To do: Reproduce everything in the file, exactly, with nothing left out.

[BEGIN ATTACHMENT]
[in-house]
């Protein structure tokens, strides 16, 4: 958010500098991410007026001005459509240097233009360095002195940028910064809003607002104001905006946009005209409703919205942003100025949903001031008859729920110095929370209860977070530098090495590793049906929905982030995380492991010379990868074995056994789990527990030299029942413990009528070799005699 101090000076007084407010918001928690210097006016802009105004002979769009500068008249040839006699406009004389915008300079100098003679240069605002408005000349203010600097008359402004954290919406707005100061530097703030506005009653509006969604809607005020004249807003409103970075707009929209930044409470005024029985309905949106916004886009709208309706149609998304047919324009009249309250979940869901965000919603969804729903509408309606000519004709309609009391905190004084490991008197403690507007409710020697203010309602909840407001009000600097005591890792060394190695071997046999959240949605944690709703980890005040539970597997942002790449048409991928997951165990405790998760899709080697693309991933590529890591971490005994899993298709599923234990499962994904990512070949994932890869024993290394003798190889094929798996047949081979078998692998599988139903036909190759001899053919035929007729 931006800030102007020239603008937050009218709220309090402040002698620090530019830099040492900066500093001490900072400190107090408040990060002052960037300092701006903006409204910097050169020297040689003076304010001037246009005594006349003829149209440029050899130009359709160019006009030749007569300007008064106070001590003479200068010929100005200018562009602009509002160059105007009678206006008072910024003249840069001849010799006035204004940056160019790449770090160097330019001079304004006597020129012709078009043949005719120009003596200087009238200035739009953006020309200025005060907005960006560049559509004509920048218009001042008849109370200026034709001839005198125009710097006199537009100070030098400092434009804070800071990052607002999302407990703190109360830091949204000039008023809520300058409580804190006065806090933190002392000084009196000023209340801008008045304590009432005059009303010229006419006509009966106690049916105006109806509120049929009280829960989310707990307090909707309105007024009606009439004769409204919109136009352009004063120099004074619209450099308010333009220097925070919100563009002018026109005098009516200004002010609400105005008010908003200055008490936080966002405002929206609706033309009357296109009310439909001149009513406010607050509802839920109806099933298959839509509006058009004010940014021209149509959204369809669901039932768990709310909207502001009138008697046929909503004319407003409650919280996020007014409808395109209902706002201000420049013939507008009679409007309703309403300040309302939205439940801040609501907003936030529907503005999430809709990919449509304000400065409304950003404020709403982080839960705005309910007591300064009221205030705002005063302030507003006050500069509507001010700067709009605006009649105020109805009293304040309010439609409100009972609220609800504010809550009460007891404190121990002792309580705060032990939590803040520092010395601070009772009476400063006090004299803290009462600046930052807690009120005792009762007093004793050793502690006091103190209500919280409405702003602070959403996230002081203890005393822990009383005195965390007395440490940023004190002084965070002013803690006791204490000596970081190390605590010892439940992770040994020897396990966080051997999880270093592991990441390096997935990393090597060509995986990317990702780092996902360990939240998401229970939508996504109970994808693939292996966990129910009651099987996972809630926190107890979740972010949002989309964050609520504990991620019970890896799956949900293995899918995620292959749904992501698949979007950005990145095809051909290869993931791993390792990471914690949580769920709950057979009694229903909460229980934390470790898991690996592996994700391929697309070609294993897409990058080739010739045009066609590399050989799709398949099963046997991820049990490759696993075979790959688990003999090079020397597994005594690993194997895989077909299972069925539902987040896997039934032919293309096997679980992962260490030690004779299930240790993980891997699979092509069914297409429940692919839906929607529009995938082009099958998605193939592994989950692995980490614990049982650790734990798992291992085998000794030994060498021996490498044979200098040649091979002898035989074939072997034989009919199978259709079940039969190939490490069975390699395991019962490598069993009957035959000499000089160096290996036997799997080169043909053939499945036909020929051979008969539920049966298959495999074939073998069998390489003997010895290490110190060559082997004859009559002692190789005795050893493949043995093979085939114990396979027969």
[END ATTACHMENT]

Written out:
[in-house]
């Protein structure tokens, strides 16, 4: 958010500098991410007026001005459509240097233009360095002195940028910064809003607002104001905006946009005209409703919205942003100025949903001031008859729920110095929370209860977070530098090495590793049906929905982030995380492991010379990868074995056994789990527990030299029942413990009528070799005699 101090000076007084407010918001928690210097006016802009105004002979769009500068008249040839006699406009004389915008300079100098003679240069605002408005000349203010600097008359402004954290919406707005100061530097703030506005009653509006969604809607005020004249807003409103970075707009929209930044409470005024029985309905949106916004886009709208309706149609998304047919324009009249309250979940869901965000919603969804729903509408309606000519004709309609009391905190004084490991008197403690507007409710020697203010309602909840407001009000600097005591890792060394190695071997046999959240949605944690709703980890005040539970597997942002790449048409991928997951165990405790998760899709080697693309991933590529890591971490005994899993298709599923234990499962994904990512070949994932890869024993290394003798190889094929798996047949081979078998692998599988139903036909190759001899053919035929007729 931006800030102007020239603008937050009218709220309090402040002698620090530019830099040492900066500093001490900072400190107090408040990060002052960037300092701006903006409204910097050169020297040689003076304010001037246009005594006349003829149209440029050899130009359709160019006009030749007569300007008064106070001590003479200068010929100005200018562009602009509002160059105007009678206006008072910024003249840069001849010799006035204004940056160019790449770090160097330019001079304004006597020129012709078009043949005719120009003596200087009238200035739009953006020309200025005060907005960006560049559509004509920048218009001042008849109370200026034709001839005198125009710097006199537009100070030098400092434009804070800071990052607002999302407990703190109360830091949204000039008023809520300058409580804190006065806090933190002392000084009196000023209340801008008045304590009432005059009303010229006419006509009966106690049916105006109806509120049929009280829960989310707990307090909707309105007024009606009439004769409204919109136009352009004063120099004074619209450099308010333009220097925070919100563009002018026109005098009516200004002010609400105005008010908003200055008490936080966002405002929206609706033309009357296109009310439909001149009513406010607050509802839920109806099933298959839509509006058009004010940014021209149509959204369809669901039932768990709310909207502001009138008697046929909503004319407003409650919280996020007014409808395109209902706002201000420049013939507008009679409007309703309403300040309302939205439940801040609501907003936030529907503005999430809709990919449509304000400065409304950003404020709403982080839960705005309910007591300064009221205030705002005063302030507003006050500069509507001010700067709009605006009649105020109805009293304040309010439609409100009972609220609800504010809550009460007891404190121990002792309580705060032990939590803040520092010395601070009772009476400063006090004299803290009462600046930052807690009120005792009762007093004793050793502690006091103190209500919280409405702003602070959403996230002081203890005393822990009383005195965390007395440490940023004190002084965070002013803690006791204490000596970081190390605590010892439940992770040994020897396990966080051997999880270093592991990441390096997935990393090597060509995986990317990702780092996902360990939240998401229970939508996504109970994808693939292996966990129910009651099987996972809630926190107890979740972010949002989309964050609520504990991620019970890896799956949900293995899918995620292959749904992501698949979007950005990145095809051909290869993931791993390792990471914690949580769920709950057979009694229903909460229980934390470790898991690996592996994700391929697309070609294993897409990058080739010739045009066609590399050989799709398949099963046997991820049990490759696993075979790959688990003999090079020397597994005594690993194997895989077909299972069925539902987040896997039934032919293309096997679980992962260490030690004779299930240790993980891997699979092509069914297409429940692919839906929607529009995938082009099958998605193939592994989950692995980490614990049982650790734990798992291992085998000794030994060498021996490498044979200098040649091979002898035989074939072997034989009919199978259709079940039969190939490490069975390699395991019962490598069993009957035959000499000089160096290996036997799997080169043909053939499945036909020929051979008969539920049966298959495999074939073998069998390489003997010895290490110190060559082997004859009559002692190789005795050893493949043995093979085939114990396979027969």